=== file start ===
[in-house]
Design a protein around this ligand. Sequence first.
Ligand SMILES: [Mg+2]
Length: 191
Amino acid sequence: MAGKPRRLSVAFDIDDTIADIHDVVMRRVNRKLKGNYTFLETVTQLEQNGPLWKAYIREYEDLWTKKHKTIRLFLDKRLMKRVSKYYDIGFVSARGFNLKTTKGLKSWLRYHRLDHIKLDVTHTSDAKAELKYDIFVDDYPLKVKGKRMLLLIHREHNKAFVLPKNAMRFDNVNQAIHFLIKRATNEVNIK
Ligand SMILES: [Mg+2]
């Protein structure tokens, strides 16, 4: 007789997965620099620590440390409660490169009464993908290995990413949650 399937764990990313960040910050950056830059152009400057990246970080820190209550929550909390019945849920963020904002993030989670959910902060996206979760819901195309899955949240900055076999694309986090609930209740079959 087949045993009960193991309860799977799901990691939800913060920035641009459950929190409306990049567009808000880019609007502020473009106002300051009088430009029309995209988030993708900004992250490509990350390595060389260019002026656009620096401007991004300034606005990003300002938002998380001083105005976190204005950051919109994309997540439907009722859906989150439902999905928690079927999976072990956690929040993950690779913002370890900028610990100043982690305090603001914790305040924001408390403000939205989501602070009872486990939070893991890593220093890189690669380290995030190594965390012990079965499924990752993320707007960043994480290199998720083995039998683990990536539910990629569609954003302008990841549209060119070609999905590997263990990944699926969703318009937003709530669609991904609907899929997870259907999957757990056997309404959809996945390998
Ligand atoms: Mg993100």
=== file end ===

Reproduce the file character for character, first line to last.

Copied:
[in-house]
Design a protein around this ligand. Sequence first.
Ligand SMILES: [Mg+2]
Length: 191
Amino acid sequence: MAGKPRRLSVAFDIDDTIADIHDVVMRRVNRKLKGNYTFLETVTQLEQNGPLWKAYIREYEDLWTKKHKTIRLFLDKRLMKRVSKYYDIGFVSARGFNLKTTKGLKSWLRYHRLDHIKLDVTHTSDAKAELKYDIFVDDYPLKVKGKRMLLLIHREHNKAFVLPKNAMRFDNVNQAIHFLIKRATNEVNIK
Ligand SMILES: [Mg+2]
């Protein structure tokens, strides 16, 4: 007789997965620099620590440390409660490169009464993908290995990413949650 399937764990990313960040910050950056830059152009400057990246970080820190209550929550909390019945849920963020904002993030989670959910902060996206979760819901195309899955949240900055076999694309986090609930209740079959 087949045993009960193991309860799977799901990691939800913060920035641009459950929190409306990049567009808000880019609007502020473009106002300051009088430009029309995209988030993708900004992250490509990350390595060389260019002026656009620096401007991004300034606005990003300002938002998380001083105005976190204005950051919109994309997540439907009722859906989150439902999905928690079927999976072990956690929040993950690779913002370890900028610990100043982690305090603001914790305040924001408390403000939205989501602070009872486990939070893991890593220093890189690669380290995030190594965390012990079965499924990752993320707007960043994480290199998720083995039998683990990536539910990629569609954003302008990841549209060119070609999905590997263990990944699926969703318009937003709530669609991904609907899929997870259907999957757990056997309404959809996945390998
Ligand atoms: Mg993100």